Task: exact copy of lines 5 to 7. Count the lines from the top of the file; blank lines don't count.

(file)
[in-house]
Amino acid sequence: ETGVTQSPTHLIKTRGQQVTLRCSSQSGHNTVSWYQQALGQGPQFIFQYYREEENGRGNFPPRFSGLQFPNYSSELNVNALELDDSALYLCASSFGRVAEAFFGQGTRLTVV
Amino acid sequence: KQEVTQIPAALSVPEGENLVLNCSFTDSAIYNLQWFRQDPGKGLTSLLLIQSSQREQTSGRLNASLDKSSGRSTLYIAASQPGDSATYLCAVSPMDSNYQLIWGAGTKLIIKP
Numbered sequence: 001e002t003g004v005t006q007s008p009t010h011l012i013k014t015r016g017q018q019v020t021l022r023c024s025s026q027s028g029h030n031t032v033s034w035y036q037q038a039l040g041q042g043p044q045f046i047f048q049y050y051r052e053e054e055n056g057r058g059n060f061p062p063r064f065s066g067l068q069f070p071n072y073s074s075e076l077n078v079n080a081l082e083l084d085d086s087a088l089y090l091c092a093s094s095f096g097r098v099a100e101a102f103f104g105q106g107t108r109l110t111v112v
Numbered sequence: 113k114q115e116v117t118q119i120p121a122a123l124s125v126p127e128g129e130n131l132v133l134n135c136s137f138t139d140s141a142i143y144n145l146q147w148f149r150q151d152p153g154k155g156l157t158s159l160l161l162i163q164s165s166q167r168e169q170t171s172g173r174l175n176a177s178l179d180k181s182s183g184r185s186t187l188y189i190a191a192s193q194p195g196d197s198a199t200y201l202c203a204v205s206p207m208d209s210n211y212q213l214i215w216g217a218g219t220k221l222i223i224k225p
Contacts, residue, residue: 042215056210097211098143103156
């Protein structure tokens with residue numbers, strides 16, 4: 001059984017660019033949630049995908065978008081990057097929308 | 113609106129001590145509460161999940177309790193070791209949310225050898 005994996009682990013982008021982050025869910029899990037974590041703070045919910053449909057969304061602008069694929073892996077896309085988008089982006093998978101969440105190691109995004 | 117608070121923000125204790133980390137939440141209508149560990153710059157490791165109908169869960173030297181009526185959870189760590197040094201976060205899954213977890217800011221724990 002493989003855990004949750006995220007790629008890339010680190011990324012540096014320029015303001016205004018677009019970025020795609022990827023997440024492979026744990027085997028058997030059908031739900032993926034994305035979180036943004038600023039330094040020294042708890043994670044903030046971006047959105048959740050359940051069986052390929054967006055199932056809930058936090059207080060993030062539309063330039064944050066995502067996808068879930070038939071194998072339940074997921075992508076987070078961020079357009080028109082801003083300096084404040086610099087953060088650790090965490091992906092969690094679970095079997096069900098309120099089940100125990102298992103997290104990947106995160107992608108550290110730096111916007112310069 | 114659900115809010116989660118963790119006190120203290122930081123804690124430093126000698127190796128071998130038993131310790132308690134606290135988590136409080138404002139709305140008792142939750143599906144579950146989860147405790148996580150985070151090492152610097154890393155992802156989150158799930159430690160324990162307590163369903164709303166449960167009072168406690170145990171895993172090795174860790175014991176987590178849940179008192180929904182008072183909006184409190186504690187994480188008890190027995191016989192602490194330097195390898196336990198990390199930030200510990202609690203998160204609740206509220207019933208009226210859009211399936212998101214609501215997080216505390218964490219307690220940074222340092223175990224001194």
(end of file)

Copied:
Numbered sequence: 113k114q115e116v117t118q119i120p121a122a123l124s125v126p127e128g129e130n131l132v133l134n135c136s137f138t139d140s141a142i143y144n145l146q147w148f149r150q151d152p153g154k155g156l157t158s159l160l161l162i163q164s165s166q167r168e169q170t171s172g173r174l175n176a177s178l179d180k181s182s183g184r185s186t187l188y189i190a191a192s193q194p195g196d197s198a199t200y201l202c203a204v205s206p207m208d209s210n211y212q213l214i215w216g217a218g219t220k221l222i223i224k225p
Contacts, residue, residue: 042215056210097211098143103156
């Protein structure tokens with residue numbers, strides 16, 4: 001059984017660019033949630049995908065978008081990057097929308 | 113609106129001590145509460161999940177309790193070791209949310225050898 005994996009682990013982008021982050025869910029899990037974590041703070045919910053449909057969304061602008069694929073892996077896309085988008089982006093998978101969440105190691109995004 | 117608070121923000125204790133980390137939440141209508149560990153710059157490791165109908169869960173030297181009526185959870189760590197040094201976060205899954213977890217800011221724990 002493989003855990004949750006995220007790629008890339010680190011990324012540096014320029015303001016205004018677009019970025020795609022990827023997440024492979026744990027085997028058997030059908031739900032993926034994305035979180036943004038600023039330094040020294042708890043994670044903030046971006047959105048959740050359940051069986052390929054967006055199932056809930058936090059207080060993030062539309063330039064944050066995502067996808068879930070038939071194998072339940074997921075992508076987070078961020079357009080028109082801003083300096084404040086610099087953060088650790090965490091992906092969690094679970095079997096069900098309120099089940100125990102298992103997290104990947106995160107992608108550290110730096111916007112310069 | 114659900115809010116989660118963790119006190120203290122930081123804690124430093126000698127190796128071998130038993131310790132308690134606290135988590136409080138404002139709305140008792142939750143599906144579950146989860147405790148996580150985070151090492152610097154890393155992802156989150158799930159430690160324990162307590163369903164709303166449960167009072168406690170145990171895993172090795174860790175014991176987590178849940179008192180929904182008072183909006184409190186504690187994480188008890190027995191016989192602490194330097195390898196336990198990390199930030200510990202609690203998160204609740206509220207019933208009226210859009211399936212998101214609501215997080216505390218964490219307690220940074222340092223175990224001194």